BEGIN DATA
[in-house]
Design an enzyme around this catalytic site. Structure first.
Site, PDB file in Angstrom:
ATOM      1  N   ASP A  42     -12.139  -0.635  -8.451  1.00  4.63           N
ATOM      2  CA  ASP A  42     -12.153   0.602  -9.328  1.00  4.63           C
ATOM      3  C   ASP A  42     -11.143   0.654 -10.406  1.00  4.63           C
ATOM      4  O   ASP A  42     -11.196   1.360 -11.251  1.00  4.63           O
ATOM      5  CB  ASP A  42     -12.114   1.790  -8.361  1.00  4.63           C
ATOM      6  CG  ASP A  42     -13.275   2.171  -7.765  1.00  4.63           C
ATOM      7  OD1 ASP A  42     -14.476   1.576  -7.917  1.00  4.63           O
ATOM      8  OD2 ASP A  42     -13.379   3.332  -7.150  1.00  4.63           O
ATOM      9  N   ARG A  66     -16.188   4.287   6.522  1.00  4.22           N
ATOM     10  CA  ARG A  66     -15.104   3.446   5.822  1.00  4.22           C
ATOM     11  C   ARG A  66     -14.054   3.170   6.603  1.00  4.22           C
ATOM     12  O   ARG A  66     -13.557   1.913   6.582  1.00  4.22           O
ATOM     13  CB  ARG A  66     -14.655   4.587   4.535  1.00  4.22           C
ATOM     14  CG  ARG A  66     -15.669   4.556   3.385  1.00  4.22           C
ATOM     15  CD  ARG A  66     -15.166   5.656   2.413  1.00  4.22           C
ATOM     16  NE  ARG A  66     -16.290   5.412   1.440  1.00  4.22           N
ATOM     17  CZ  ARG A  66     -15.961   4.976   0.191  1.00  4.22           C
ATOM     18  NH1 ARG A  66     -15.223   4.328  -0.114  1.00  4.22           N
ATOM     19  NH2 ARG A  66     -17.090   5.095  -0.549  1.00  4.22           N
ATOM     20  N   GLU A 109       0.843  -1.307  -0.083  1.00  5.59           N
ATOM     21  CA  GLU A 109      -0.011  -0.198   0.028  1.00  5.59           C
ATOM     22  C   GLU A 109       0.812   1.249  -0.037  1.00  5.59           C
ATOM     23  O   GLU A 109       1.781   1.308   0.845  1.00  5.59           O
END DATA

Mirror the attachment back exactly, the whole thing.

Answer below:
[in-house]
Design an enzyme around this catalytic site. Structure first.
Site, PDB file in Angstrom:
ATOM      1  N   ASP A  42     -12.139  -0.635  -8.451  1.00  4.63           N
ATOM      2  CA  ASP A  42     -12.153   0.602  -9.328  1.00  4.63           C
ATOM      3  C   ASP A  42     -11.143   0.654 -10.406  1.00  4.63           C
ATOM      4  O   ASP A  42     -11.196   1.360 -11.251  1.00  4.63           O
ATOM      5  CB  ASP A  42     -12.114   1.790  -8.361  1.00  4.63           C
ATOM      6  CG  ASP A  42     -13.275   2.171  -7.765  1.00  4.63           C
ATOM      7  OD1 ASP A  42     -14.476   1.576  -7.917  1.00  4.63           O
ATOM      8  OD2 ASP A  42     -13.379   3.332  -7.150  1.00  4.63           O
ATOM      9  N   ARG A  66     -16.188   4.287   6.522  1.00  4.22           N
ATOM     10  CA  ARG A  66     -15.104   3.446   5.822  1.00  4.22           C
ATOM     11  C   ARG A  66     -14.054   3.170   6.603  1.00  4.22           C
ATOM     12  O   ARG A  66     -13.557   1.913   6.582  1.00  4.22           O
ATOM     13  CB  ARG A  66     -14.655   4.587   4.535  1.00  4.22           C
ATOM     14  CG  ARG A  66     -15.669   4.556   3.385  1.00  4.22           C
ATOM     15  CD  ARG A  66     -15.166   5.656   2.413  1.00  4.22           C
ATOM     16  NE  ARG A  66     -16.290   5.412   1.440  1.00  4.22           N
ATOM     17  CZ  ARG A  66     -15.961   4.976   0.191  1.00  4.22           C
ATOM     18  NH1 ARG A  66     -15.223   4.328  -0.114  1.00  4.22           N
ATOM     19  NH2 ARG A  66     -17.090   5.095  -0.549  1.00  4.22           N
ATOM     20  N   GLU A 109       0.843  -1.307  -0.083  1.00  5.59           N
ATOM     21  CA  GLU A 109      -0.011  -0.198   0.028  1.00  5.59           C
ATOM     22  C   GLU A 109       0.812   1.249  -0.037  1.00  5.59           C
ATOM     23  O   GLU A 109       1.781   1.308   0.845  1.00  5.59           O